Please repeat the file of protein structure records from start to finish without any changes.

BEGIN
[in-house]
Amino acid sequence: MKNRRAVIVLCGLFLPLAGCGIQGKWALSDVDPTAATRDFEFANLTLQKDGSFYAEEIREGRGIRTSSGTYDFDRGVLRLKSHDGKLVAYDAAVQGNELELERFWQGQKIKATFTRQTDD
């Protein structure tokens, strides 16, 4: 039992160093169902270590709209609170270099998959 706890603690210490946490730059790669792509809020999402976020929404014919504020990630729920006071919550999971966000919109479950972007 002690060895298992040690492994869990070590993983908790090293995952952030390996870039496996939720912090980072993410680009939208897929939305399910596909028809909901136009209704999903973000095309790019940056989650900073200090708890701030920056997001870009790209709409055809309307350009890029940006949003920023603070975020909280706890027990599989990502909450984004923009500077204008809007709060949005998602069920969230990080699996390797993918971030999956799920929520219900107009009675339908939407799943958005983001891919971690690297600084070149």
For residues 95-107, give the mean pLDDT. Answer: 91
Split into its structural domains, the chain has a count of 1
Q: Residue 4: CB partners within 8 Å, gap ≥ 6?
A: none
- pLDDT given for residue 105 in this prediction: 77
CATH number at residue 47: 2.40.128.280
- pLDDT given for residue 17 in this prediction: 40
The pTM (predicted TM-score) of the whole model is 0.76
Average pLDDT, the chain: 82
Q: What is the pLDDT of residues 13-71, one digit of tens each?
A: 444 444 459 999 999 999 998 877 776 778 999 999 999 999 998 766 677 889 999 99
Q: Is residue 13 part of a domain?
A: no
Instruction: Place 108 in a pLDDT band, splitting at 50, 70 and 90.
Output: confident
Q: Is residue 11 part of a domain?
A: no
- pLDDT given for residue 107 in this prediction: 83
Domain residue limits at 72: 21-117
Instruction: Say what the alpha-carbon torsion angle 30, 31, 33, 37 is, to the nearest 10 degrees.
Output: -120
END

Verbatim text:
[in-house]
Amino acid sequence: MKNRRAVIVLCGLFLPLAGCGIQGKWALSDVDPTAATRDFEFANLTLQKDGSFYAEEIREGRGIRTSSGTYDFDRGVLRLKSHDGKLVAYDAAVQGNELELERFWQGQKIKATFTRQTDD
């Protein structure tokens, strides 16, 4: 039992160093169902270590709209609170270099998959 706890603690210490946490730059790669792509809020999402976020929404014919504020990630729920006071919550999971966000919109479950972007 002690060895298992040690492994869990070590993983908790090293995952952030390996870039496996939720912090980072993410680009939208897929939305399910596909028809909901136009209704999903973000095309790019940056989650900073200090708890701030920056997001870009790209709409055809309307350009890029940006949003920023603070975020909280706890027990599989990502909450984004923009500077204008809007709060949005998602069920969230990080699996390797993918971030999956799920929520219900107009009675339908939407799943958005983001891919971690690297600084070149």
For residues 95-107, give the mean pLDDT. Answer: 91
Split into its structural domains, the chain has a count of 1
Q: Residue 4: CB partners within 8 Å, gap ≥ 6?
A: none
- pLDDT given for residue 105 in this prediction: 77
CATH number at residue 47: 2.40.128.280
- pLDDT given for residue 17 in this prediction: 40
The pTM (predicted TM-score) of the whole model is 0.76
Average pLDDT, the chain: 82
Q: What is the pLDDT of residues 13-71, one digit of tens each?
A: 444 444 459 999 999 999 998 877 776 778 999 999 999 999 998 766 677 889 999 99
Q: Is residue 13 part of a domain?
A: no
Instruction: Place 108 in a pLDDT band, splitting at 50, 70 and 90.
Output: confident
Q: Is residue 11 part of a domain?
A: no
- pLDDT given for residue 107 in this prediction: 83
Domain residue limits at 72: 21-117
Instruction: Say what the alpha-carbon torsion angle 30, 31, 33, 37 is, to the nearest 10 degrees.
Output: -120